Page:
Niedermayer: The Euro is a good choice for the Czech Republic
Adopting or not adopting the euro is not a matter of (economic) life or death. Our country can function well with both the crown and the euro. It is just a question of which is better for our citizens and businesses. It is remarkable how a country that prides itself on its emphasis on economic rationality clearly favours the worse of the two options.
The euro is one of the key projects of a common Europe. It deepens the common market, facilitates convergence and has a strong political dimension. Our situation is clear from an economic point of view, perhaps none of the 'new EU countries' is so tightly tied to the euro area in terms of trade and investment, which means that adopting the euro would have a major benefit in terms of reducing risk for companies and citizens. More so than, say, Sweden or Romania. In addition, we have experienced significant price convergence and the economy is used to operating with low interest rates. This removes the risks that accompany euro adoption in the first few years. The euro can thus be expected to provide our country with higher than usual benefits, while the risks would be lower. These are further reduced by the fact that our country is still structurally closer to the key euro area country, Germany. It faces similar risks to which the European Central Bank (ECB) is responding, given Germany's weight in the euro area.
In recent years, when the CNB (with a bank board appointed by the Eurosceptic Klaus), in line with Prime Minister Babiš, wanted to justify its decision not to adopt the euro, it resorted to the argument that the euro was linked to "undesirable" EU projects such as the Banking Union or the ESM support fund. Yet our country, which "always does everything right", will not support something that might help countries that do "almost everything wrong". In today's world, when our fiscal situation is deteriorating, our country's security depends on NATO and EU membership, and whether we have gas in the winter depends entirely on the cooperation and solidarity of other EU countries, it is clear how foolish this approach was. On the contrary, a stronger anchorage in the EU has clear strategic value today.
The argument that an independent monetary policy is a great advantage that we must preserve is also not very robust. It usually comes from people who have only seen monetary policy "at a glance". However much our high inflation is not just a product of monetary policy, it is true that the crown has not helped in the fight against inflation. In the long run, the CNB has had to resort to non-standard policies (such as the euro exchange rate peg at CZK 27), which have had side effects and show the limited scope for independent monetary policy in the Czech Republic.
I am not saying that from an economic point of view the EU or the euro area are perfect projects. Far from it. It's just that gradually and sometimes slowly the rules adapt to the state of the world and the threats. But with or without the euro we are all in the same boat anyway. A boat that is very good and clearly the best for us. Trying to carve out a separate cabin in a corner on it and pretend that we don't have to care about what happens, while being one of the first to come to dinner together, is not only unfair, it won't work in the long run. These are, to put it simply, the political reasons for adopting the euro, which are at least as convincing as the economic ones.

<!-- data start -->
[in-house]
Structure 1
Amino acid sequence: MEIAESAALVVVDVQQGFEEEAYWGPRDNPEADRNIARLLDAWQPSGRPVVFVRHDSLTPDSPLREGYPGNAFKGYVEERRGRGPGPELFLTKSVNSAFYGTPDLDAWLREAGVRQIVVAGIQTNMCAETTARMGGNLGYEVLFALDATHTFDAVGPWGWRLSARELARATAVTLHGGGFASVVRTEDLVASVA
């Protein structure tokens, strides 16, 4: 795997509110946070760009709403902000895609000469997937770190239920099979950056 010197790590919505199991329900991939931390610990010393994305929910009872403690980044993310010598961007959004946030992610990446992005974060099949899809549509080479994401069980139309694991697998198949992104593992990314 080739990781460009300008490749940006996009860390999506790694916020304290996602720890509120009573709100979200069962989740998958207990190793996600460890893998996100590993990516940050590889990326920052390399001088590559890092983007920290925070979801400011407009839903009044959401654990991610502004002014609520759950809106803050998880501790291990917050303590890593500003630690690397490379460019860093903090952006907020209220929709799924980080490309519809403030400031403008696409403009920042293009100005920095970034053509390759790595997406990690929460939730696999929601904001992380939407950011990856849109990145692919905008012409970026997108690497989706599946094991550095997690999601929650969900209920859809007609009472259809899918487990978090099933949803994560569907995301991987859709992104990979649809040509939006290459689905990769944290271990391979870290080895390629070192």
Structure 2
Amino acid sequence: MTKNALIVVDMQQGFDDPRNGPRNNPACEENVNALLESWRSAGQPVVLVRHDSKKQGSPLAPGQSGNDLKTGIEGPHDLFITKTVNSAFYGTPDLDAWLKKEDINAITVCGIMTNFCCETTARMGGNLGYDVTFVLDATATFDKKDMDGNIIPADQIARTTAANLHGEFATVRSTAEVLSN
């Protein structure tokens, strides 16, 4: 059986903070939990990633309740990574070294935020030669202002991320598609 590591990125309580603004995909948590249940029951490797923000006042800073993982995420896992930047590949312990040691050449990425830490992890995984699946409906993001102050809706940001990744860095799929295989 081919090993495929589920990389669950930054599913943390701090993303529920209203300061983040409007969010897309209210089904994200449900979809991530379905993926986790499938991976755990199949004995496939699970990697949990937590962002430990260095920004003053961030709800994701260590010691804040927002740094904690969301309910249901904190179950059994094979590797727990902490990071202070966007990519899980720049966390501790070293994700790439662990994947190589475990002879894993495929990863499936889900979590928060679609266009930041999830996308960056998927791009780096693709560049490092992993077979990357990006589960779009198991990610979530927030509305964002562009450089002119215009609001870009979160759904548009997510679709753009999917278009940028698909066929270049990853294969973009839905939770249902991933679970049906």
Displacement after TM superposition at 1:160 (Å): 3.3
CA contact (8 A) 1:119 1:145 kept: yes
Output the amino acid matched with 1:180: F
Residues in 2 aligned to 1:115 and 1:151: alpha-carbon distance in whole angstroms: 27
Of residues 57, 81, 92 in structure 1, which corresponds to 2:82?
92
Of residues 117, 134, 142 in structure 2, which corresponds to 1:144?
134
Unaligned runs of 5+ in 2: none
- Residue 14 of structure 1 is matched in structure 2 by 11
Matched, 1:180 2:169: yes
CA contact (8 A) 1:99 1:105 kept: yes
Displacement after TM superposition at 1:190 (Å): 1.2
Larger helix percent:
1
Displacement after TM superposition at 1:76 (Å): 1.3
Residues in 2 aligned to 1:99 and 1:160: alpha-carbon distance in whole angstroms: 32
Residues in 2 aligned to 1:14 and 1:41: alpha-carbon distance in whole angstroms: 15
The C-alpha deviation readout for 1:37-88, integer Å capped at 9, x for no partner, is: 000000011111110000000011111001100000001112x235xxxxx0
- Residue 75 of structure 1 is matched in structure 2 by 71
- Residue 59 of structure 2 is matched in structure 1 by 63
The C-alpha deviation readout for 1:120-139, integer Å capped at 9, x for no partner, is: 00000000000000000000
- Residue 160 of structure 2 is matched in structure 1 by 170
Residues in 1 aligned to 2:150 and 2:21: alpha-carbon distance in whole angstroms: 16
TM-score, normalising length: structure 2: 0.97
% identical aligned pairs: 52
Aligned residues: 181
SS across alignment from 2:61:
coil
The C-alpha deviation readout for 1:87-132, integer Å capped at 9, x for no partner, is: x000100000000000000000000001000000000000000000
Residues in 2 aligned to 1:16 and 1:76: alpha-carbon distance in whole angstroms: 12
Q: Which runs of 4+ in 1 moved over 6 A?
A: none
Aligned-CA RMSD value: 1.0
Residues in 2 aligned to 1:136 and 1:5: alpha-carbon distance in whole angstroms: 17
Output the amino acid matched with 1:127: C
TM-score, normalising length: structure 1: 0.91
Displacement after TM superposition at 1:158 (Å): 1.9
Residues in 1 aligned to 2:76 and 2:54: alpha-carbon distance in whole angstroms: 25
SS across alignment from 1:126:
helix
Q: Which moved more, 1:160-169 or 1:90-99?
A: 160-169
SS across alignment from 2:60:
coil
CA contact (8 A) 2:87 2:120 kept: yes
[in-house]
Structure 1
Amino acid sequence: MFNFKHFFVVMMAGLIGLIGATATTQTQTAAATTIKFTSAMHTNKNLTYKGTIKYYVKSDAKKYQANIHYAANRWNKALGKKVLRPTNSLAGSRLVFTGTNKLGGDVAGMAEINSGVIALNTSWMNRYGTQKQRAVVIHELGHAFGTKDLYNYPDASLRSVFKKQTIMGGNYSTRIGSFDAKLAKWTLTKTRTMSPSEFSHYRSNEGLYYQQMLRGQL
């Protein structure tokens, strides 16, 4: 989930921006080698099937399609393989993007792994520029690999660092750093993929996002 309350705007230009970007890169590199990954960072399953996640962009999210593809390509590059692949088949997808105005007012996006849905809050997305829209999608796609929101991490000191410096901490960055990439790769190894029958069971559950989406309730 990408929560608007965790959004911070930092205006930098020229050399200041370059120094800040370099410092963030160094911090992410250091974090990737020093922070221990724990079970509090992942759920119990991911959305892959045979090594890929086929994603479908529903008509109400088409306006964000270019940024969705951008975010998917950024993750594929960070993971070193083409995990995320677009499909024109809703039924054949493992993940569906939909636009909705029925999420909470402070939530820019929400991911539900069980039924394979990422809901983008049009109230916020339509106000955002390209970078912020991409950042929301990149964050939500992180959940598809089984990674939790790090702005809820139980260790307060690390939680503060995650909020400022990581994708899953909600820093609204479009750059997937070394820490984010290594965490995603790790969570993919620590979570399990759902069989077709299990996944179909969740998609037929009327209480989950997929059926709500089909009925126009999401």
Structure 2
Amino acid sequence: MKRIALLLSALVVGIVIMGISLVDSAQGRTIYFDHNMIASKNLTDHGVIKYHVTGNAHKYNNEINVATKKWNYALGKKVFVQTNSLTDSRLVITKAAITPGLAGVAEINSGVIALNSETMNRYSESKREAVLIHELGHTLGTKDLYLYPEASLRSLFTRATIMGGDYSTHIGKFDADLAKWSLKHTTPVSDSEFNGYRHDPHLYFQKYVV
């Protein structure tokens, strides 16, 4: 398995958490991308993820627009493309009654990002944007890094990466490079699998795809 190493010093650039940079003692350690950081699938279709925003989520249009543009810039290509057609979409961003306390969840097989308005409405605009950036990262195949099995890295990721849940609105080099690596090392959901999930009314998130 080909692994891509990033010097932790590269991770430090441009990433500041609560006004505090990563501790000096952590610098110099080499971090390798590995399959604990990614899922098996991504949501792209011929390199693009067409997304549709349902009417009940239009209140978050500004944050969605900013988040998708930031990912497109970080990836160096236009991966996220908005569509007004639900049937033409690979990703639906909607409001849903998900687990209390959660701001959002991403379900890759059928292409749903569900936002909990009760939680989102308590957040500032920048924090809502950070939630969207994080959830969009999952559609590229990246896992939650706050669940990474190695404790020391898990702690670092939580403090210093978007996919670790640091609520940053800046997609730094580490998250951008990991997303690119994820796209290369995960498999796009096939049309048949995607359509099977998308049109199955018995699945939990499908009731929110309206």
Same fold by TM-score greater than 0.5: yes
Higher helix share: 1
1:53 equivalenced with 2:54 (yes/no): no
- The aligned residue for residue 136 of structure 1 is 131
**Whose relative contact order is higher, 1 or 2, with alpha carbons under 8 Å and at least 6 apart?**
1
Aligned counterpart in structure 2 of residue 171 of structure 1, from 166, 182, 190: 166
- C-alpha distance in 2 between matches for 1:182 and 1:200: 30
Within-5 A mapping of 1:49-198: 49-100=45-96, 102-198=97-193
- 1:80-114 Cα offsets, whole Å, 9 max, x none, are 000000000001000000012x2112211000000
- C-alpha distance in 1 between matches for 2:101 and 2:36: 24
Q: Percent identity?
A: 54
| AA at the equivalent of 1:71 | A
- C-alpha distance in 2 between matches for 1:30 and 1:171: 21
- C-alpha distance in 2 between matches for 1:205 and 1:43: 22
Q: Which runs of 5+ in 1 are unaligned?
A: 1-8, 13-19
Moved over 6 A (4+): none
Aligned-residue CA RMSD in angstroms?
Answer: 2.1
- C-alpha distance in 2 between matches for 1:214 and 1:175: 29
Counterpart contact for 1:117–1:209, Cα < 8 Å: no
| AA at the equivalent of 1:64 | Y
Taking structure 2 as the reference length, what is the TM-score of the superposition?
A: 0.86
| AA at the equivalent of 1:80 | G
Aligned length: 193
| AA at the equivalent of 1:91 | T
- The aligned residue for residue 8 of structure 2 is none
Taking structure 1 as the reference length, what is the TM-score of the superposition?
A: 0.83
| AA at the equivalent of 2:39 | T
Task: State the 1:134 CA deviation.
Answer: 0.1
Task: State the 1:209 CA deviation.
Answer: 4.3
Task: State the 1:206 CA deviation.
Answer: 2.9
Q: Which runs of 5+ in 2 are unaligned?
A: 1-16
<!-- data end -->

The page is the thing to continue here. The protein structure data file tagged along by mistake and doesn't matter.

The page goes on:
Critics of the start of our journey towards the euro will certainly argue that we are not meeting the criteria and that 'the time is not right'. But the path to the euro takes practically four years (we are ahead of ground zero). In such a timeframe, budget deficits must be reduced and the criteria met.
I have no doubt that the economic turmoil in the EU today (caused by domestic politics in Italy, for example) and the eurozone can cope. In addition, they will help to move forward on some of the fundamental "backlogs" (deposit insurance, fiscal rules). The predictions of the "experts" that the eurozone is on the brink of collapse again will therefore turn out to be as they always have been, and their proponents will not claim them in time.
From the point of view of our decision-making, I see it as politically fair (there are different attitudes towards the euro in the government) and economically correct for the government to start negotiations quickly on joining the ERM 2 exchange rate regime. This would hypothetically open up the possibility of adopting the euro in about four years' time. ERM 2 implies a small restriction on monetary policy and this procedure will open up the de facto possibility for the next government (or governments) to join the euro within one electoral term. In doing so, it will certainly reconsider all relevant arguments and the state of monetary union.
I believe that the euro in the Czech Republic is the right political, strategic and economic choice. It will bring greater stability and economic growth. But we are not deciding on the adoption of the euro today. It is essential that we take the first step by joining ERM 2. That is what we should demand of today's government.
Source: REFLEX, 4.8.2022